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The Bank of Montreal building in downtown Toronto.Nathan Denette/The Canadian Press

Bank of Montreal reported higher fourth-quarter profit and raised its dividend by 25 per cent as strong retail banking income and recoveries from loan loss reserves helped the bank beat analysts’ estimates.

Canada’s fourth-largest bank increased its quarterly dividend to $1.33 per share, from $1.06, and announced a plan to buy back up to 3.5 per cent of its shares – or 22.5 million shares in total. Those were the largest increases announced by any of the Big Six banks this quarter after the federal banking regulator recently lifted temporary restrictions on capital distribution.

For the quarter that ended Oct. 31, BMO earned $2.2-billion, or $3.23 per share, a 36-per-cent increase from $1.6-billion, or $2.37 per share, in the same quarter last year.

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Adjusted for certain items, BMO said it earned $3.33 per share, which was well above the consensus estimate of $3.21 among analysts, according to Refinitiv.

“Earnings were fine, if unspectacular,” said John Aiken, an analyst at Barclays Capital Inc., in a note to clients.

BMO joins Bank of Nova Scotia and Toronto-Dominion Bank as one of three major lenders that exceeded analysts’ expectations in the quarter. Royal Bank of Canada , Canadian Imperial Bank of Commerce and National Bank of Canada all fell short of predictions as shrinking profit margins on lending and weaker trading revenue weighed on earnings.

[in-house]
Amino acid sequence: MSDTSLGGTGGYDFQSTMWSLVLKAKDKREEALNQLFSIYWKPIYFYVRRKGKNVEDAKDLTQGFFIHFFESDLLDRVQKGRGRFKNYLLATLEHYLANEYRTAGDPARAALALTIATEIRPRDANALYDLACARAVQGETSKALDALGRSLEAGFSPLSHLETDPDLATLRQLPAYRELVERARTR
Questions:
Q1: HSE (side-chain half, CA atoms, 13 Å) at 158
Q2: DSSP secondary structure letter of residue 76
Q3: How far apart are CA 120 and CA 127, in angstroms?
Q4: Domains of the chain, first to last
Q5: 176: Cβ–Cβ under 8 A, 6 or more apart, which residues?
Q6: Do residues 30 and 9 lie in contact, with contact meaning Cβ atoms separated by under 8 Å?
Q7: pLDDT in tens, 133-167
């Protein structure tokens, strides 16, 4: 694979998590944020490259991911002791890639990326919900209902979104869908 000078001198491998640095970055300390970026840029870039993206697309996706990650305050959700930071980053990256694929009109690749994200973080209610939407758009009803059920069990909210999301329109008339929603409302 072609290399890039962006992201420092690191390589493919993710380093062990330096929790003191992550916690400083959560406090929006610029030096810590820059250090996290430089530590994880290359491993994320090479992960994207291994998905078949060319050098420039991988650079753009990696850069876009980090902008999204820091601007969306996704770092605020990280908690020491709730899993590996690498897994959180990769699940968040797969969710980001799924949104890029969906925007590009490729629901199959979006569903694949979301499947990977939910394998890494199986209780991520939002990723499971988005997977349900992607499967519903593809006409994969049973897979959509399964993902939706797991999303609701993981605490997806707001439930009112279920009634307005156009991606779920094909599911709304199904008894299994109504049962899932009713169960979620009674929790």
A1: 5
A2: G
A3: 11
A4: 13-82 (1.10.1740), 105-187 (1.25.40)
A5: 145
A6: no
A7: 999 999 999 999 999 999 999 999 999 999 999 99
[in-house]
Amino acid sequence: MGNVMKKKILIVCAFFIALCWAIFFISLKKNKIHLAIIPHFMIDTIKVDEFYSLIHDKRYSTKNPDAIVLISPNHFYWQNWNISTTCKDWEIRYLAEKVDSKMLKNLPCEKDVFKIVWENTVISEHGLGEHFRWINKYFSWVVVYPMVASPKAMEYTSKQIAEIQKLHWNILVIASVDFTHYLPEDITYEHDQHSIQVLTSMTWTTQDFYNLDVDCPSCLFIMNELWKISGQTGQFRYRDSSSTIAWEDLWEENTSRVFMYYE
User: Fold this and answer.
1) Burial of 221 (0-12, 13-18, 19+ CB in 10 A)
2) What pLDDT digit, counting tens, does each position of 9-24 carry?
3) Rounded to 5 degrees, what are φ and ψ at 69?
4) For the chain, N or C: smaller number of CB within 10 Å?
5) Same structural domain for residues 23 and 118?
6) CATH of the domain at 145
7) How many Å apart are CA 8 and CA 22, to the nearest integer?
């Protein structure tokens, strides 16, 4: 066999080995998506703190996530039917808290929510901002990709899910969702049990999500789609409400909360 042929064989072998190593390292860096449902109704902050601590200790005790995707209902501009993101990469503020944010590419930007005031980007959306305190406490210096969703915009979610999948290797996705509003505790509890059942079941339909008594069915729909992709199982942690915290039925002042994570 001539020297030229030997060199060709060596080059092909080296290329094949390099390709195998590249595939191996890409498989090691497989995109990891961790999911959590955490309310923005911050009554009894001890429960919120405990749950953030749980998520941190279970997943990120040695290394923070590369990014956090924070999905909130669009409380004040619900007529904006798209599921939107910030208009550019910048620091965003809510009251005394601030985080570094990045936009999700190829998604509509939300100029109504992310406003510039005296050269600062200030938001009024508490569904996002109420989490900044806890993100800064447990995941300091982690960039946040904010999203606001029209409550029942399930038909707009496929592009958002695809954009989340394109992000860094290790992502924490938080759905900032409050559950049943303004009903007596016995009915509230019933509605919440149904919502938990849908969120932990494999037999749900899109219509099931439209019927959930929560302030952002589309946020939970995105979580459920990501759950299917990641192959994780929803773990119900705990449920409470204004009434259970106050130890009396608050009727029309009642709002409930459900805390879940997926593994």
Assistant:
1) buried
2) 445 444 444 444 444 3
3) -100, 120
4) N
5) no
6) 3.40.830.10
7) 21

In the fourth quarter, BMO recovered $126-million in provisions for credit losses, reclaiming funds that had been set aside early in the pandemic in case of a surge in loan losses that never happened.

Profit of $921-million from Canadian personal and commercial banking was a bright spot, as revenue increased 13 per cent year over year. Rising loan balances were driven by brisk business in mortgages, while fee-based income was up 22 per cent.

Earnings from U.S. retail banking were up 58 per cent from a year ago to $512-million, though loan balances increased only 3 per cent in that span. In capital markets, profit was $536-million, as a 25-per-cent rise in revenue from investment and corporate banking more than offset a 9-per-cent dip in global markets revenue. And profit from wealth management was up 15 per cent to $369-million.

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